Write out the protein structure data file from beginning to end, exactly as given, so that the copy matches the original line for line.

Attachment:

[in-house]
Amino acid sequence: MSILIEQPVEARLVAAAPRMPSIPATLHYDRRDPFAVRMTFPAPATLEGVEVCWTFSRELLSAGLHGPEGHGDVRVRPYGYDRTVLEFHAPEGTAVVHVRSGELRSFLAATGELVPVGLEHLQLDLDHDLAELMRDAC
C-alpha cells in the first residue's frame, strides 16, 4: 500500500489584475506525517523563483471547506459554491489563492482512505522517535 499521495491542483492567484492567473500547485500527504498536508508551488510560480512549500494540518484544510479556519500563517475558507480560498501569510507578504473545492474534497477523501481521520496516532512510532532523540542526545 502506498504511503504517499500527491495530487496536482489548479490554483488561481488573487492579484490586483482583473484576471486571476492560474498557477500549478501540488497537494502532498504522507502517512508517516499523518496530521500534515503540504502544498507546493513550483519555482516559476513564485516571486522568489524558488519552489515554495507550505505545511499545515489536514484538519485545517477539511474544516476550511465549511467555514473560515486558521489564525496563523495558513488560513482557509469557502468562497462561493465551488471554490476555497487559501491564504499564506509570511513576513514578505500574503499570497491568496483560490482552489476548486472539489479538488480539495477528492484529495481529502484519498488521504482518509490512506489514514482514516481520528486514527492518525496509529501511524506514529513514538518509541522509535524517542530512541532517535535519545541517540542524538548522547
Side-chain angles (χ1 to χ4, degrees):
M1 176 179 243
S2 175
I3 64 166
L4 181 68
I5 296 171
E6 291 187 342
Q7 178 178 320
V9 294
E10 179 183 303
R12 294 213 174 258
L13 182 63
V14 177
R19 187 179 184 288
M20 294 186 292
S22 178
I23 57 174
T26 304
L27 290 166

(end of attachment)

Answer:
[in-house]
Amino acid sequence: MSILIEQPVEARLVAAAPRMPSIPATLHYDRRDPFAVRMTFPAPATLEGVEVCWTFSRELLSAGLHGPEGHGDVRVRPYGYDRTVLEFHAPEGTAVVHVRSGELRSFLAATGELVPVGLEHLQLDLDHDLAELMRDAC
C-alpha cells in the first residue's frame, strides 16, 4: 500500500489584475506525517523563483471547506459554491489563492482512505522517535 499521495491542483492567484492567473500547485500527504498536508508551488510560480512549500494540518484544510479556519500563517475558507480560498501569510507578504473545492474534497477523501481521520496516532512510532532523540542526545 502506498504511503504517499500527491495530487496536482489548479490554483488561481488573487492579484490586483482583473484576471486571476492560474498557477500549478501540488497537494502532498504522507502517512508517516499523518496530521500534515503540504502544498507546493513550483519555482516559476513564485516571486522568489524558488519552489515554495507550505505545511499545515489536514484538519485545517477539511474544516476550511465549511467555514473560515486558521489564525496563523495558513488560513482557509469557502468562497462561493465551488471554490476555497487559501491564504499564506509570511513576513514578505500574503499570497491568496483560490482552489476548486472539489479538488480539495477528492484529495481529502484519498488521504482518509490512506489514514482514516481520528486514527492518525496509529501511524506514529513514538518509541522509535524517542530512541532517535535519545541517540542524538548522547
Side-chain angles (χ1 to χ4, degrees):
M1 176 179 243
S2 175
I3 64 166
L4 181 68
I5 296 171
E6 291 187 342
Q7 178 178 320
V9 294
E10 179 183 303
R12 294 213 174 258
L13 182 63
V14 177
R19 187 179 184 288
M20 294 186 292
S22 178
I23 57 174
T26 304
L27 290 166